We love to walk, and over the years we’ve written about many great walks in the central NJ area which we define as Mercer County (notionally centered on the Trenton-Princeton axis) and its adjacent counties: Hunterdon, Somerset, Middlesex, Monmouth, and Burlington Counties in NJ, plus Bucks and Northampton Counties in PA.  We also write about outstanding hikes less than a 2 hour drive from our “core” area, which are mostly north or west, plus a very few “sampler” hikes in key regional centers like the Gunks and the Catskills (both areas we adore and have hiked extensively).

To help you find the perfect walk, we list them by:

  1. Gravitas – overall, how much we love the hike.  In the final analysis, it comes down to how often we find ourselves returning.  In practice, it means the requirements for “5 hearts” on a local hike are lower than for one 90 minutes way.
  2. Challenge – how difficult is the walk? And then by…
  3. Proximity –  Local (within 30 minutes of Trenton or Princeton), Nearby (30 to 60  minutes away), Under 2 hours (but more than an hour), Over 2 hours.

Keep in mind that most listed walks we list are fairly short.  If you’re reasonably fit, most can be completed in 90 minutes or less.  Often, this reflects the fact that local parks are fairly small, and trails, by necessity, are short.  However, in some locations you will have the option to extend the walks in various ways, so that total hiking times can be 2-3 hours (or even longer), particularly as you travel further away.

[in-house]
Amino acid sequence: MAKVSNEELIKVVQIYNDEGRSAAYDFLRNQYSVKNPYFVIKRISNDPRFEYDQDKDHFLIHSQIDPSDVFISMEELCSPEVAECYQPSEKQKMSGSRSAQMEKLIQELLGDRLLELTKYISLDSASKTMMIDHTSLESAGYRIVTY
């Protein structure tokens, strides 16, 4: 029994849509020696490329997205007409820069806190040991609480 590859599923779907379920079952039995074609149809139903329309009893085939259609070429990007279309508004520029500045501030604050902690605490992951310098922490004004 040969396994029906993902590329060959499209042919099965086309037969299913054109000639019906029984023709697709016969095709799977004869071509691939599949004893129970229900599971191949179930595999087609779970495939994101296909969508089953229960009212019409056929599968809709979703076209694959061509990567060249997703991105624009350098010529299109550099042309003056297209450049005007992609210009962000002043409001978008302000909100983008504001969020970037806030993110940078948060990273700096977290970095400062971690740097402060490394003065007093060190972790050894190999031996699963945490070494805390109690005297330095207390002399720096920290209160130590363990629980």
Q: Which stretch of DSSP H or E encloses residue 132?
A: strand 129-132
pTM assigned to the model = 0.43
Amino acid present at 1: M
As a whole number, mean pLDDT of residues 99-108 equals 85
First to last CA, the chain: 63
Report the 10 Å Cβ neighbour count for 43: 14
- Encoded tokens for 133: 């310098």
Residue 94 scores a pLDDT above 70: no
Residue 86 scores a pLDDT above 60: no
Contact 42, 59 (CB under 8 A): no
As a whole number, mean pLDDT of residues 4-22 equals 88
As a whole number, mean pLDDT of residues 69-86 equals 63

We rate hiking challenge on a common sense scale: Beginner, Intermediate, Advanced.  This is our judgement, based on a combination of factors we’ll describe below, and written from a decidedly middle-aged perspective.  If you’re in your 30s or younger, feel free to adjust the ratings at your own risk.  Note that physical challenge is only part of this rating.  Highly fit individuals may be tempted to go directly to the “Experienced” hikes.  Be careful:  some hikes are rated for Experienced hikers because the trails are poorly marked making it easy to get lost.

Here are the factors we consider when rating “Challenge”:

  • Elevation Gain – This is the single most important determinant.  In the body of the review, we’ll usually describe the number of cumulative “vertical feet” associated with a walk where, of course, the greater gain, the harder the hike and the better fitness that’s required.  Beginner hikes of 60-90 minutes generally have less than 150 vertical feet, often accumulated over several grades.  Intermediate hikes are under 400 vertical feet.  Any hike over 400 vertical feet (and most over 300) we’ll tag for Experienced hikers.  If the hike is particularly steep, we may bump up the challenge level even for relatively modest gains.
  • Footing – Some hikes have rocky or otherwise difficult footing (e.g. caused by wetness).  A few hikes have particularly easy paths to follow, with smooth surfaces and easy gradients.  Particularly easy or difficult footing may cause us to adjust the rating one level plus or minus, compared to the Elevation Gain alone.
  • Blazing – on most hikes, unless the path is completely obvious, you’ll be following trail markers called blazes, which are colored plastic markers nailed to trees, or paint marks on bark.  Blazes need to be maintained over time (trees fall down; disks fall off; paint fades).  On obscure or rarely used trails, however, trail maintenance isn’t always what it should be.  If we think you might have difficulty following the trail we’ll bump up the challenge level.